The wetlands of Dunga on the shores of Lake Victoria, Kenya have fantastic natural wealth. Yet these lands are also rife with conflicts from some of the very animals that make the area so unique. Animals such as the hippopotamus compete with human settlement and often raid and destroy crops, leading to local retaliation. CREE’s support of leader Leo Akwany has led to a creative farmer-led initiative that seeks to improve crop yields on select farms in the Dunga Wetlands of Lake Victoria, Kenya. Through eco-san toilet technology, which utilizes human waste as a fertilizer, farmers can grow more agricultural crops in less space, preventing the need for further colonization of land near wetlands and hippo habitat, and reducing villager’s clashes with the hippo.
Starting work with just family in 2009, CREE funding helped Leo to establish a track of success and garnered the interest of 3 additional households to work with over the subsequent years. Shortly after, CREE helped Leo inspire other scientists and found EcoFinder Kenya. CREE has provided technical support to EcoFinder, connecting it with new foundations, technical resources on green enterprise and agriculture, as well as tapped into US markets through crowdfunding to enable this newly formed institution to grow. EcoFinder has been very successful to date, and this organizational growth is exactly the type of product CREE hopes to create long-term from communities it works with.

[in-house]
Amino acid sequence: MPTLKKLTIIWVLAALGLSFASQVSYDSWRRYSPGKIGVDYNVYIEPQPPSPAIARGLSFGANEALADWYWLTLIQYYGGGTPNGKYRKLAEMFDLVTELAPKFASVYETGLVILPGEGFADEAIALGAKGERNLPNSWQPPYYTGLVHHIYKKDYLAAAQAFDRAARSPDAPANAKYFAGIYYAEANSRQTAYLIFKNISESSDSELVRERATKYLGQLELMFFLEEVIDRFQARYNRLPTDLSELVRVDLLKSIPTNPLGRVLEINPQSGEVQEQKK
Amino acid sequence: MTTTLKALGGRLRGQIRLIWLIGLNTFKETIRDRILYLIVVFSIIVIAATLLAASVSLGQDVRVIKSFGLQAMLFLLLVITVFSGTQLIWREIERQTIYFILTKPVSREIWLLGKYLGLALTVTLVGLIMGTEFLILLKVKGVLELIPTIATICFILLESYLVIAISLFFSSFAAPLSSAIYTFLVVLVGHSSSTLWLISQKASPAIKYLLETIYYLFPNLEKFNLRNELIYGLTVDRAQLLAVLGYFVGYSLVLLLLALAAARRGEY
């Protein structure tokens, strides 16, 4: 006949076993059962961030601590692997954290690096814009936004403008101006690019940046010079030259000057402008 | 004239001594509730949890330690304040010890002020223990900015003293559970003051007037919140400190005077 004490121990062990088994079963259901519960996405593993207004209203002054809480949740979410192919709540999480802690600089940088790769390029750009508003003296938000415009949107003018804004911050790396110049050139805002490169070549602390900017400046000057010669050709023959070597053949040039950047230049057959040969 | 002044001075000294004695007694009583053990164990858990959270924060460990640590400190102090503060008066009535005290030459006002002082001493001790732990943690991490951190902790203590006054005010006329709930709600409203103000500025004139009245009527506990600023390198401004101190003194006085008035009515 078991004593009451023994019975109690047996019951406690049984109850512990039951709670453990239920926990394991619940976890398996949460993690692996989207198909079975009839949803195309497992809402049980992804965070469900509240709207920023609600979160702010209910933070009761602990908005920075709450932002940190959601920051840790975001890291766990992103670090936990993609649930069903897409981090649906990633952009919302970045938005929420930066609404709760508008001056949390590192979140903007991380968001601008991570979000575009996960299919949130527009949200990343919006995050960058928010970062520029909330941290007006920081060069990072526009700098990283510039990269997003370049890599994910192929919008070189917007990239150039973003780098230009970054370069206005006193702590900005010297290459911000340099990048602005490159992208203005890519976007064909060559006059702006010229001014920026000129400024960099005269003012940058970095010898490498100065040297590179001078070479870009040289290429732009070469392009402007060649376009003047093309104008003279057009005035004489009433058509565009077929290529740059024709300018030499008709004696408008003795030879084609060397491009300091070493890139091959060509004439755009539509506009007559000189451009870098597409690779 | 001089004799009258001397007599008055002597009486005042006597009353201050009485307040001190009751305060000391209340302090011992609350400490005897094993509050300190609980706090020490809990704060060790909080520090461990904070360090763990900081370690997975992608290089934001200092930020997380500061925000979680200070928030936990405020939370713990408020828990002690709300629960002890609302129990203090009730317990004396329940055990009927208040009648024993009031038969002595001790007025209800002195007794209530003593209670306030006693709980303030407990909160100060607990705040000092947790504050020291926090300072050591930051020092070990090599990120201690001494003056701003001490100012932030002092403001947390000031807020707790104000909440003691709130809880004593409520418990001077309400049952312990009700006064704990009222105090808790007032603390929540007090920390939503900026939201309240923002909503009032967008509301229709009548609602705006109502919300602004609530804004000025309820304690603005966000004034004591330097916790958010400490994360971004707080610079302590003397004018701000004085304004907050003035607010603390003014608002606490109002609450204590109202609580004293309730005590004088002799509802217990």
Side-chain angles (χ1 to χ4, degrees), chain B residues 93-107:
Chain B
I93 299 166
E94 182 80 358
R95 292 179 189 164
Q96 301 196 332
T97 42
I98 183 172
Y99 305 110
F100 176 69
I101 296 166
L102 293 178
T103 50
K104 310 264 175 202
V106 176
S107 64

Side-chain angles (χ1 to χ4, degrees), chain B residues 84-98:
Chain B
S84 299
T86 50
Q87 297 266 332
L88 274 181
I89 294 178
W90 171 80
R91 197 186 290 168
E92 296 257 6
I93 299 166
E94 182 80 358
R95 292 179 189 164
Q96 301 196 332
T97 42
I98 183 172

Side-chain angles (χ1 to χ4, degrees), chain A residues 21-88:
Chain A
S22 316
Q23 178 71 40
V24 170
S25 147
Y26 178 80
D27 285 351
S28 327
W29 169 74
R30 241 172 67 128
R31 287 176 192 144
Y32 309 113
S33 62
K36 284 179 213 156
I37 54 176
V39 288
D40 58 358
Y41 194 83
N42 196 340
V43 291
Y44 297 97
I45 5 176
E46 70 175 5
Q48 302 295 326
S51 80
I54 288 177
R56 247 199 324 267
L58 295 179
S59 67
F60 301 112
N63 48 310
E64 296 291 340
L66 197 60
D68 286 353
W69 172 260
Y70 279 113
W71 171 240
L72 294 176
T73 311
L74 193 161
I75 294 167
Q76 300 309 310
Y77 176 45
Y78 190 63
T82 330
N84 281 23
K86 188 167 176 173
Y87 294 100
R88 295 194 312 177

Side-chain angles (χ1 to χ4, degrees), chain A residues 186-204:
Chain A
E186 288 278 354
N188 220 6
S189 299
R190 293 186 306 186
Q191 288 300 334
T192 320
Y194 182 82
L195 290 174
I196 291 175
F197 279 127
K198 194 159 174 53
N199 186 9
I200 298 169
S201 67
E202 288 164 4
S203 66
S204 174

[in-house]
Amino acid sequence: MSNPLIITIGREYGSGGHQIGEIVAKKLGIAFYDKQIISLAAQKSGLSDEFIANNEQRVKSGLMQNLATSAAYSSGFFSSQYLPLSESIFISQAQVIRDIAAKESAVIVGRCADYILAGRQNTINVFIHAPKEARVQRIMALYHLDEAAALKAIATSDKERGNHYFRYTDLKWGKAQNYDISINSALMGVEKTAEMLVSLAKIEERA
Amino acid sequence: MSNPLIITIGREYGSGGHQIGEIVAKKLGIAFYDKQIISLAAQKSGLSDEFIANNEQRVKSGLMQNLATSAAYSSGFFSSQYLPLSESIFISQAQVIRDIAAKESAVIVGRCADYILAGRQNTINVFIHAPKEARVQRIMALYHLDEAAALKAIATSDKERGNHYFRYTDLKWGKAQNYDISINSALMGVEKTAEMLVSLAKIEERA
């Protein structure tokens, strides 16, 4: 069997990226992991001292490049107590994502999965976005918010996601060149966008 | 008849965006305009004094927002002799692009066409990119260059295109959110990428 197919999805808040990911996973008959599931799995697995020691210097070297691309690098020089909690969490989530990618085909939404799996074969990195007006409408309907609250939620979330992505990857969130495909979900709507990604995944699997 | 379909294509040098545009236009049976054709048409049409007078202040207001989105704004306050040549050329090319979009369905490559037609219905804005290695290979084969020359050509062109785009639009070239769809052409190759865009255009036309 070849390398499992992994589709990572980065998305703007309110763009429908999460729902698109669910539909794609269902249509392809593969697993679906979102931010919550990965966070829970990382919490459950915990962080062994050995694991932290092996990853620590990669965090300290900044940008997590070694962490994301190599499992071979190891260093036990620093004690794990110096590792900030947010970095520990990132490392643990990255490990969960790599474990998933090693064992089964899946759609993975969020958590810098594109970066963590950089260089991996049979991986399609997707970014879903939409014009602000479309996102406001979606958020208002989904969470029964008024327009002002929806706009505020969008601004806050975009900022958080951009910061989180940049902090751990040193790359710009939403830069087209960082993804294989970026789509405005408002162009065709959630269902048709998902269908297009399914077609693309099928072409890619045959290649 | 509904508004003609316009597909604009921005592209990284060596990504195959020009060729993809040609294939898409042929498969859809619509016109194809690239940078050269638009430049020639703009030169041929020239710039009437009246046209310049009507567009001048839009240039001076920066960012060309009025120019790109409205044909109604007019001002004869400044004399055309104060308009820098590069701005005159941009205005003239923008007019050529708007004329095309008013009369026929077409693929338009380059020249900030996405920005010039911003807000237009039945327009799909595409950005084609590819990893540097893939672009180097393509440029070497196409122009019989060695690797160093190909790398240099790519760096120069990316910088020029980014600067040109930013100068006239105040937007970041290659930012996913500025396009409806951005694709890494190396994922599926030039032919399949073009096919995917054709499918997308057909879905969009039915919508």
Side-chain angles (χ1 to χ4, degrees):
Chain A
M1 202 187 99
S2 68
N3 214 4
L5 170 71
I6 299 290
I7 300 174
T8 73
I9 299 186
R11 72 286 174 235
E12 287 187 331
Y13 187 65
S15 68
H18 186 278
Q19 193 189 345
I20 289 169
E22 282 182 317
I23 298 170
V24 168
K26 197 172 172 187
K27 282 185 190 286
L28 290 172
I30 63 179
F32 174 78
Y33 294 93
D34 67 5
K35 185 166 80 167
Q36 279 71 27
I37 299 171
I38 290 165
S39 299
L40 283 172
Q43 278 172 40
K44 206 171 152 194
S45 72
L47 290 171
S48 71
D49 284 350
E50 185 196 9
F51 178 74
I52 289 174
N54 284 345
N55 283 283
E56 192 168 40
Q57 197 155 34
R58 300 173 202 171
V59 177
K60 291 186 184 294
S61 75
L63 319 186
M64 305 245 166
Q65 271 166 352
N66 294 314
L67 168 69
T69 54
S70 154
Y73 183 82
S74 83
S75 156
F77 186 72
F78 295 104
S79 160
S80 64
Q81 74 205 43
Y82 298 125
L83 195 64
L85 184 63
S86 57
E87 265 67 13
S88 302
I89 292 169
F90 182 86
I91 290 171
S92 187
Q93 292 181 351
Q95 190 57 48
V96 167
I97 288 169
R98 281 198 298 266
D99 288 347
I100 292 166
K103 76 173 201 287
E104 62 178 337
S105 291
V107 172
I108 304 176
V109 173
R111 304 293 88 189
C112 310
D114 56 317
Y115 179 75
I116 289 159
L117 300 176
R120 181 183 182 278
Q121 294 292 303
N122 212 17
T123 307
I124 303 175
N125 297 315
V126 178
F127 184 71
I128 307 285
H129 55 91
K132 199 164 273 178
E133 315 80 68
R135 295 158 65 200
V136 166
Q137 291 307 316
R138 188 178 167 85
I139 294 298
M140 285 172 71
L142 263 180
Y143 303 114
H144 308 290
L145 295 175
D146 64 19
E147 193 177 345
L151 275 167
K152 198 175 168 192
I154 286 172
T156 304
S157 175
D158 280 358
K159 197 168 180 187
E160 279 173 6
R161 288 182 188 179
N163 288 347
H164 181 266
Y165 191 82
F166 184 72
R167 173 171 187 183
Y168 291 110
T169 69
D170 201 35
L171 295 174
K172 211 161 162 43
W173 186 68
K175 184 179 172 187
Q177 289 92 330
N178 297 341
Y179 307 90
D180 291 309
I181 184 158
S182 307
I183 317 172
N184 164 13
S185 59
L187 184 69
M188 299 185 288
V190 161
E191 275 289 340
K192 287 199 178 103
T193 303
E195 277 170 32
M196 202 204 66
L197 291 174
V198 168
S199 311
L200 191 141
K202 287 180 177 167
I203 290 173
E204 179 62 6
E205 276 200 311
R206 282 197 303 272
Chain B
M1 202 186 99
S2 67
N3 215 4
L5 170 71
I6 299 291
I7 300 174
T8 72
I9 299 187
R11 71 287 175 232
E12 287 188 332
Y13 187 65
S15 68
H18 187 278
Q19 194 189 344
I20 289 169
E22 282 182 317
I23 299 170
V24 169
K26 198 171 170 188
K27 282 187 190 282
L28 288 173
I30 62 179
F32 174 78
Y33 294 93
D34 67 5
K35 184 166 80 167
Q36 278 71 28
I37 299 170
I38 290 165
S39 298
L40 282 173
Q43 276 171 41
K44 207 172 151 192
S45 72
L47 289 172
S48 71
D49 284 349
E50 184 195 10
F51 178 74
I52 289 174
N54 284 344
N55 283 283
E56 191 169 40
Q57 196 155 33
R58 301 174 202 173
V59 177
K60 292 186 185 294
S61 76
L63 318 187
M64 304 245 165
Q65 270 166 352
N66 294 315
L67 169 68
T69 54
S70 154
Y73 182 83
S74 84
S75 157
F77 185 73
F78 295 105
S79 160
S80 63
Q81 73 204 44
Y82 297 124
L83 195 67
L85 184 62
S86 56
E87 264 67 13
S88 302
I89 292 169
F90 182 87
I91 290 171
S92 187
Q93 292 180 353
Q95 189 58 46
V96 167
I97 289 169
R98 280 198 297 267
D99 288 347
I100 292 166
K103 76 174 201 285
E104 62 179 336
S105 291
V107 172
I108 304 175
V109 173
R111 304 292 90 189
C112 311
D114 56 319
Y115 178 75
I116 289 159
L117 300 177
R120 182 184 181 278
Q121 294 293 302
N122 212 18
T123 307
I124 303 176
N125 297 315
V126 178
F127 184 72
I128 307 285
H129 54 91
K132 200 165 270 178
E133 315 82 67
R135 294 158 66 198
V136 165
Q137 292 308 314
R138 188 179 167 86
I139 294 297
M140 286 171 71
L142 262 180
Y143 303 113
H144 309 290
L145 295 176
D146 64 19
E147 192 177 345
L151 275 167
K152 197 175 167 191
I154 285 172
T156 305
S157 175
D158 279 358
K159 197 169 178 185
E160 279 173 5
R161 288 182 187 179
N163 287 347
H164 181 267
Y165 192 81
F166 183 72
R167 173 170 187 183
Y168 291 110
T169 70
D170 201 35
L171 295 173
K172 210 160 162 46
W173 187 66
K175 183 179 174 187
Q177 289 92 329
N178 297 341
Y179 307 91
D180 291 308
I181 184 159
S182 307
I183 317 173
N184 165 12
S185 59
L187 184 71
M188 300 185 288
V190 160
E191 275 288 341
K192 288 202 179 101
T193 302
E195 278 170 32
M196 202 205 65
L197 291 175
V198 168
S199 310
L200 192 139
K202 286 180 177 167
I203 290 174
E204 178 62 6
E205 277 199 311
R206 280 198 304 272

Now with larger-scale support from the MacArthur Foundation, CREE is supporting Leo and Ecofinder in expanding new environmentally friendly enterprise. This will assist interested households to build 45 eco- san toilets, 15 biogas digesters, 600 solar lamps 600 efficient cook stoves. Community attitudinal surveys, state of the wetland reports, and extensive radio and theater awareness activities will also be undertaken.
But this all started small, from when CREE provided an eco-san toilet for the Otieno family (pictured below) – consisting of 9 people across 3 generations. Staff consulted with the community, which determined through a democratic process that the Otienos would make good use of this technology. In fact, the Otieno family itself has volunteered to contribute 10% of the cost. This community led decision-making process is exactly how CREE prefers to make use of funds as we scale up.
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